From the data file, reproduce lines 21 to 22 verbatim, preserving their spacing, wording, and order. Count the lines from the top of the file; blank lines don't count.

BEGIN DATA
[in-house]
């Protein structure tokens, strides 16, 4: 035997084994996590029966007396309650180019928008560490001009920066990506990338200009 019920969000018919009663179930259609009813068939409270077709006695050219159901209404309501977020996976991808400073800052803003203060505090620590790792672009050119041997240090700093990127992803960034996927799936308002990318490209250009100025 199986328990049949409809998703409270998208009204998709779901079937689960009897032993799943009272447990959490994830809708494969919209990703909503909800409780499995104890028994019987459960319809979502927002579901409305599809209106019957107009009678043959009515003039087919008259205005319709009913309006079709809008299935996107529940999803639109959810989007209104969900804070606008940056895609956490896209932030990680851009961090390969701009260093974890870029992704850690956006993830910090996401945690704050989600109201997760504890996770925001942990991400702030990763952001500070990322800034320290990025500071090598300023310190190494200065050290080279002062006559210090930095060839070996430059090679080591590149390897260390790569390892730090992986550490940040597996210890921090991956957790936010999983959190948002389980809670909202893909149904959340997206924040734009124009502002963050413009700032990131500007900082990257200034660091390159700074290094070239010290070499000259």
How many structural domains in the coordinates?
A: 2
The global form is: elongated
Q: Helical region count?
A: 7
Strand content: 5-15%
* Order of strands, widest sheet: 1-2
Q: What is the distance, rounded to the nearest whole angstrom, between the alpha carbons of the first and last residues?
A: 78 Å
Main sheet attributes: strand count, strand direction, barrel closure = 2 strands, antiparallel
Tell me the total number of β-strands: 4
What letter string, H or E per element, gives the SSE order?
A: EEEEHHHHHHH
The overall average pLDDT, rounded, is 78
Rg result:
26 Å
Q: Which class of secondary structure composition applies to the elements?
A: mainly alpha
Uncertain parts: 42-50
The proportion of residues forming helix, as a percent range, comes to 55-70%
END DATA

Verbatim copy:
Uncertain parts: 42-50
The proportion of residues forming helix, as a percent range, comes to 55-70%